Significance Statement

The purpose of this work is to investigate how one type of atmospheric wave, known as convectively coupled Kelvin waves (CCKWs), impacts the formation (“genesis”) of tropical cyclones. Forecasting of genesis remains a significant challenge, so identifying how CCKWs influence this process could help improve forecasts and give communities greater lead times. Our results show that CCKWs could temporarily make genesis more likely by increasing atmospheric moisture content and convective activity. While not all CCKWs lead to genesis, those that do are associated with a particularly strong increase in convection. This provides a potential tool for forecasters monitoring CCKWs and TC genesis in real time and motivates follow-up work on this topic in numerical models.

© 2023 American Meteorological Society. For information regarding reuse of this content and general copyright information, consult the AMS Copyright Policy (www.ametsoc.org/PUBSReuseLicenses).

Corresponding author: Quinton A. Lawton, quinton.lawton@earth.miami.edu

Abstract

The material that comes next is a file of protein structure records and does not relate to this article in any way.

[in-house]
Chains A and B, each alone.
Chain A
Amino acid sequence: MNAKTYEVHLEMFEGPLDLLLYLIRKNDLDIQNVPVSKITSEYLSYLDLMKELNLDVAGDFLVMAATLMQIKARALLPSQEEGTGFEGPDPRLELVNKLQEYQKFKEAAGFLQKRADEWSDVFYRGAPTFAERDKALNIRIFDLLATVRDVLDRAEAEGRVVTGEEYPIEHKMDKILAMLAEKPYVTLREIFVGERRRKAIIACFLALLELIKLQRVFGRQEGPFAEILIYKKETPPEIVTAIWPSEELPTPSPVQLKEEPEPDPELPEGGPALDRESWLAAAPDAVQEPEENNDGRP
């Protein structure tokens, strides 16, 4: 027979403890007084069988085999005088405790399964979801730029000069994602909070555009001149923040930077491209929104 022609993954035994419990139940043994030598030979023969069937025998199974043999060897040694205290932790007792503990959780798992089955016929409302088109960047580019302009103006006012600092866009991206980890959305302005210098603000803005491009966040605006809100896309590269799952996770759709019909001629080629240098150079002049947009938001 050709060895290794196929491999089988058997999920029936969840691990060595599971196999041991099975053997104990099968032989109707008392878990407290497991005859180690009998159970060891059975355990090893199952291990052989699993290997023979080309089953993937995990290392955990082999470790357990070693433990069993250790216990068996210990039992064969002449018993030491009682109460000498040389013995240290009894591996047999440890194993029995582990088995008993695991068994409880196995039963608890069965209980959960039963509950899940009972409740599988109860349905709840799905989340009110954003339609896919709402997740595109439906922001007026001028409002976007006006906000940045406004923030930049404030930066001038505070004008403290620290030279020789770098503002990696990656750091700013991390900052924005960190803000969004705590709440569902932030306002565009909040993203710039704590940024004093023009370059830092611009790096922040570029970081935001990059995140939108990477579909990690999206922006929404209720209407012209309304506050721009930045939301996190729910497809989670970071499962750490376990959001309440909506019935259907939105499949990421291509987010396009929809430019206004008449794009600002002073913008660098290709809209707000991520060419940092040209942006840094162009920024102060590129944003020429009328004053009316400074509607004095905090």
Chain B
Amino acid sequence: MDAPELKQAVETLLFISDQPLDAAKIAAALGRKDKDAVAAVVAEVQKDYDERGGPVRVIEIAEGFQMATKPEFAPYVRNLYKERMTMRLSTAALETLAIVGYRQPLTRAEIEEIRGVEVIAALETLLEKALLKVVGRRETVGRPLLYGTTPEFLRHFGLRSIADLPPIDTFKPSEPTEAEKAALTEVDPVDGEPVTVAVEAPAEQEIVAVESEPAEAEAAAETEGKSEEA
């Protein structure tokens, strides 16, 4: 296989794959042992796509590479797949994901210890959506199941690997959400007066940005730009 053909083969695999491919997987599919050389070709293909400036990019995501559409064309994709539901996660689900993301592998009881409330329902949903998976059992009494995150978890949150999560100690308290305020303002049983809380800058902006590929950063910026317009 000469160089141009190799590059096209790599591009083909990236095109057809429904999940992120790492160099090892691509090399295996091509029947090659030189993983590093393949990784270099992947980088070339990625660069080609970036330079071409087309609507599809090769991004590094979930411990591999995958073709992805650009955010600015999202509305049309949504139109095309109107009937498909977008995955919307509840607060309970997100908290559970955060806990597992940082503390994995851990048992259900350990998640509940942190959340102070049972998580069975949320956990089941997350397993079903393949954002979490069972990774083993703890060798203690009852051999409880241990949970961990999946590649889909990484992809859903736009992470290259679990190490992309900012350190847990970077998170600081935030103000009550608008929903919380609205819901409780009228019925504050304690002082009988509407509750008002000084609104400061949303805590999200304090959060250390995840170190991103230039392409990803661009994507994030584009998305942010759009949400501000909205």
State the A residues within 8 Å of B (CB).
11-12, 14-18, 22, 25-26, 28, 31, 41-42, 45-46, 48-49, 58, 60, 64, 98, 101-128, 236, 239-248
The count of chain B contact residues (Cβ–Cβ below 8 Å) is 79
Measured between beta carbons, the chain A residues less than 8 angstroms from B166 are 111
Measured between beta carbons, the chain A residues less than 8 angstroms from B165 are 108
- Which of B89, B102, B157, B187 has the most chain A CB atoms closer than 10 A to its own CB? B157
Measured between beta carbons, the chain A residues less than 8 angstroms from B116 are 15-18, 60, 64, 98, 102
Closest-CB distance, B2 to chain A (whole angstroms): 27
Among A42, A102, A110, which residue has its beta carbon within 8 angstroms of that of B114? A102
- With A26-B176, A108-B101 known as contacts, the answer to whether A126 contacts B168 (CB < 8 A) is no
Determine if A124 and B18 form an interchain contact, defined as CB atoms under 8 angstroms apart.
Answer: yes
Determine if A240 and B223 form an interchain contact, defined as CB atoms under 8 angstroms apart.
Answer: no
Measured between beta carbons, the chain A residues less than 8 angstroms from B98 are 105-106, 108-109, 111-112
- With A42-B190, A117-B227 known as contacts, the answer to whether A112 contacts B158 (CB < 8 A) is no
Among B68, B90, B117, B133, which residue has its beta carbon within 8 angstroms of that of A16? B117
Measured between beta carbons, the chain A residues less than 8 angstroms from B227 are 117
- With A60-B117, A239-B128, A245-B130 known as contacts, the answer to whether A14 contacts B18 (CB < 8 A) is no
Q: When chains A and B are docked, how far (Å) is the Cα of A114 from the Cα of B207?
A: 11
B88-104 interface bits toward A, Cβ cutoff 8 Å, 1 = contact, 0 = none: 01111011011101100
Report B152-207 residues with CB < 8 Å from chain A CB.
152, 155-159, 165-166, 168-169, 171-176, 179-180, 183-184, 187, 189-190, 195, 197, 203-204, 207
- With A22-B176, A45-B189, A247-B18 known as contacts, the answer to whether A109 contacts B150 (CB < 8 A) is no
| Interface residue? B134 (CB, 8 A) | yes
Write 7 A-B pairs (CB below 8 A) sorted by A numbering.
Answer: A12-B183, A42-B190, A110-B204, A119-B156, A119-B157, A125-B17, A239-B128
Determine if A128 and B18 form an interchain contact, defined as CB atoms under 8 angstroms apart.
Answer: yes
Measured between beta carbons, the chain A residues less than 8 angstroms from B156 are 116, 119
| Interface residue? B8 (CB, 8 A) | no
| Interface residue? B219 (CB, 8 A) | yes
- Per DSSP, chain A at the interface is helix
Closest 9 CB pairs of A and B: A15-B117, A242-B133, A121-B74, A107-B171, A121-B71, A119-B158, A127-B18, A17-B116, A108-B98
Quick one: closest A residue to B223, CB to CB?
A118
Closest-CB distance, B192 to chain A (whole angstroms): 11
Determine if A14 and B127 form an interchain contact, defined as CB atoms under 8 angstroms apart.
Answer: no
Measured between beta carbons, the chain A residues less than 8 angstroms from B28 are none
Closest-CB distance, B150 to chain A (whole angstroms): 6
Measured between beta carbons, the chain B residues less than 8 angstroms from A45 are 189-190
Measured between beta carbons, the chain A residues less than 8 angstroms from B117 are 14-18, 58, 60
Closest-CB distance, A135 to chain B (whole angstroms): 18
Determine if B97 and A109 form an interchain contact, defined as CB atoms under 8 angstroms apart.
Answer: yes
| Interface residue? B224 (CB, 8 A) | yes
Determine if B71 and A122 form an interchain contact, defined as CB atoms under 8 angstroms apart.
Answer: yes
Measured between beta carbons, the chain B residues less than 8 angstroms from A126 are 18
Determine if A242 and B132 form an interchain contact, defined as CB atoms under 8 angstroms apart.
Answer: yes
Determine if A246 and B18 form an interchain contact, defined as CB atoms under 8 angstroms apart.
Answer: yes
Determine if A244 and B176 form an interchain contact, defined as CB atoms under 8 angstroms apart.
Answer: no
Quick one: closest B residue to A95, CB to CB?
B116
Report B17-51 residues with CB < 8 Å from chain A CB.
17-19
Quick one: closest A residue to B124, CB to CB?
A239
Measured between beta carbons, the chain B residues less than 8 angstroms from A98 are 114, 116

Recent research has demonstrated a relationship between convectively coupled Kelvin waves (CCKWs) and tropical cyclogenesis, likely due to the influence of CCKWs on the large-scale environment. However, it remains unclear which environmental factors are most important and how they connect to TC genesis processes. Using a 39-yr database of African easterly waves (AEWs) to create composites of reanalysis and satellite data, it is shown that genesis may be facilitated by CCKW-driven modifications to convection and moisture. First, stand-alone composites of genesis demonstrate the significant role of environmental preconditioning and convective aggregation. A moist static energy variance budget indicates that convective aggregation during genesis is dominated by feedbacks between convection and longwave radiation. These processes begin over two days prior to genesis, supporting previous observational work. Shifting attention to CCKWs, up to 76% of developing AEWs encounter at least one CCKW in their lifetime. An increase in genesis events following convectively active CCKW phases is found, corroborating earlier studies. A decrease in genesis events following convectively suppressed phases is also identified. Using CCKW-centered composites, we show that the convectively active CCKW phases enhance convection and moisture content in the vicinity of AEWs prior to genesis. Furthermore, enhanced convective activity is the main discriminator between AEW–CCKW interactions that result in genesis versus those that do not. This analysis suggests that CCKWs may influence genesis through environmental preconditioning and radiative–convective feedbacks, among other factors. A secondary finding is that AEW attributes as far east as central Africa may be predictive of downstream genesis.